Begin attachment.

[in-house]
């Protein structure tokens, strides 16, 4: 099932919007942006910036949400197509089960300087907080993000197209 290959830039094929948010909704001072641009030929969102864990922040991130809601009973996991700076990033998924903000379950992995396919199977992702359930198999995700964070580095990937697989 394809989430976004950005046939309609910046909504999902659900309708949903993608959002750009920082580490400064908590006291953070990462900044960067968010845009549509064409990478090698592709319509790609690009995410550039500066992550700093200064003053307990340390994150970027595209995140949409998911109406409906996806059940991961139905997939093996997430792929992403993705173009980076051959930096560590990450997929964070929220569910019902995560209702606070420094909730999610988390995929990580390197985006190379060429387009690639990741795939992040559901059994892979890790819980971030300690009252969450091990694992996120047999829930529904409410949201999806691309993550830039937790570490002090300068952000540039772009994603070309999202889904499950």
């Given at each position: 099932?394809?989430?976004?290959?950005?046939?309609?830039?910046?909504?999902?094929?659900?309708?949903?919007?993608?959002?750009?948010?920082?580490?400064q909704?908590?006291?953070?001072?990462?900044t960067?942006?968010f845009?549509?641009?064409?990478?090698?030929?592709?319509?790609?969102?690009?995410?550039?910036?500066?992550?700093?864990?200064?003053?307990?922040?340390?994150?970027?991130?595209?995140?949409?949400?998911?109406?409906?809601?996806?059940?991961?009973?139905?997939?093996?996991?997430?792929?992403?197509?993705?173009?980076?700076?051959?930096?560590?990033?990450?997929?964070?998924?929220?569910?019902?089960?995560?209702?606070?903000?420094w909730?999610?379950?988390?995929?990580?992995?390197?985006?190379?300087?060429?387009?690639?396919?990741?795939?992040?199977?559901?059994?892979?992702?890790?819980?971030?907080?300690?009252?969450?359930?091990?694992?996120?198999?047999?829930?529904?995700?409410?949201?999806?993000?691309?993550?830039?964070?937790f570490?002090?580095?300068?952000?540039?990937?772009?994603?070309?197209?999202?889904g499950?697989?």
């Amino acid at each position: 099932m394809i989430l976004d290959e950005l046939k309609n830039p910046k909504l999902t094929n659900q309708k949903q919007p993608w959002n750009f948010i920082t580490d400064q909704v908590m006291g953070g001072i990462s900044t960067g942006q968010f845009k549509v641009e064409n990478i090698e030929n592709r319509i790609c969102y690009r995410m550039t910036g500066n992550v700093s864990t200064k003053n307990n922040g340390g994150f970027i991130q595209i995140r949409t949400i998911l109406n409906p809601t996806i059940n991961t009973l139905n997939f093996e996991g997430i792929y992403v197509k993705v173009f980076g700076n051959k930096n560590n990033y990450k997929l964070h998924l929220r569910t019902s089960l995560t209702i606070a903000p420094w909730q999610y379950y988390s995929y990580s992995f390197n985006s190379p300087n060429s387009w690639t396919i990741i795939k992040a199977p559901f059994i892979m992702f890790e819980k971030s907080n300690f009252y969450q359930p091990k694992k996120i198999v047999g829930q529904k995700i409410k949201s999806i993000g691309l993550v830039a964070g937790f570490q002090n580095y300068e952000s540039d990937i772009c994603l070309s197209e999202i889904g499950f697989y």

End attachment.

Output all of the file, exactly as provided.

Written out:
[in-house]
């Protein structure tokens, strides 16, 4: 099932919007942006910036949400197509089960300087907080993000197209 290959830039094929948010909704001072641009030929969102864990922040991130809601009973996991700076990033998924903000379950992995396919199977992702359930198999995700964070580095990937697989 394809989430976004950005046939309609910046909504999902659900309708949903993608959002750009920082580490400064908590006291953070990462900044960067968010845009549509064409990478090698592709319509790609690009995410550039500066992550700093200064003053307990340390994150970027595209995140949409998911109406409906996806059940991961139905997939093996997430792929992403993705173009980076051959930096560590990450997929964070929220569910019902995560209702606070420094909730999610988390995929990580390197985006190379060429387009690639990741795939992040559901059994892979890790819980971030300690009252969450091990694992996120047999829930529904409410949201999806691309993550830039937790570490002090300068952000540039772009994603070309999202889904499950």
């Given at each position: 099932?394809?989430?976004?290959?950005?046939?309609?830039?910046?909504?999902?094929?659900?309708?949903?919007?993608?959002?750009?948010?920082?580490?400064q909704?908590?006291?953070?001072?990462?900044t960067?942006?968010f845009?549509?641009?064409?990478?090698?030929?592709?319509?790609?969102?690009?995410?550039?910036?500066?992550?700093?864990?200064?003053?307990?922040?340390?994150?970027?991130?595209?995140?949409?949400?998911?109406?409906?809601?996806?059940?991961?009973?139905?997939?093996?996991?997430?792929?992403?197509?993705?173009?980076?700076?051959?930096?560590?990033?990450?997929?964070?998924?929220?569910?019902?089960?995560?209702?606070?903000?420094w909730?999610?379950?988390?995929?990580?992995?390197?985006?190379?300087?060429?387009?690639?396919?990741?795939?992040?199977?559901?059994?892979?992702?890790?819980?971030?907080?300690?009252?969450?359930?091990?694992?996120?198999?047999?829930?529904?995700?409410?949201?999806?993000?691309?993550?830039?964070?937790f570490?002090?580095?300068?952000?540039?990937?772009?994603?070309?197209?999202?889904g499950?697989?």
């Amino acid at each position: 099932m394809i989430l976004d290959e950005l046939k309609n830039p910046k909504l999902t094929n659900q309708k949903q919007p993608w959002n750009f948010i920082t580490d400064q909704v908590m006291g953070g001072i990462s900044t960067g942006q968010f845009k549509v641009e064409n990478i090698e030929n592709r319509i790609c969102y690009r995410m550039t910036g500066n992550v700093s864990t200064k003053n307990n922040g340390g994150f970027i991130q595209i995140r949409t949400i998911l109406n409906p809601t996806i059940n991961t009973l139905n997939f093996e996991g997430i792929y992403v197509k993705v173009f980076g700076n051959k930096n560590n990033y990450k997929l964070h998924l929220r569910t019902s089960l995560t209702i606070a903000p420094w909730q999610y379950y988390s995929y990580s992995f390197n985006s190379p300087n060429s387009w690639t396919i990741i795939k992040a199977p559901f059994i892979m992702f890790e819980k971030s907080n300690f009252y969450q359930p091990k694992k996120i198999v047999g829930q529904k995700i409410k949201s999806i993000g691309l993550v830039a964070g937790f570490q002090n580095y300068e952000s540039d990937i772009c994603l070309s197209e999202i889904g499950f697989y």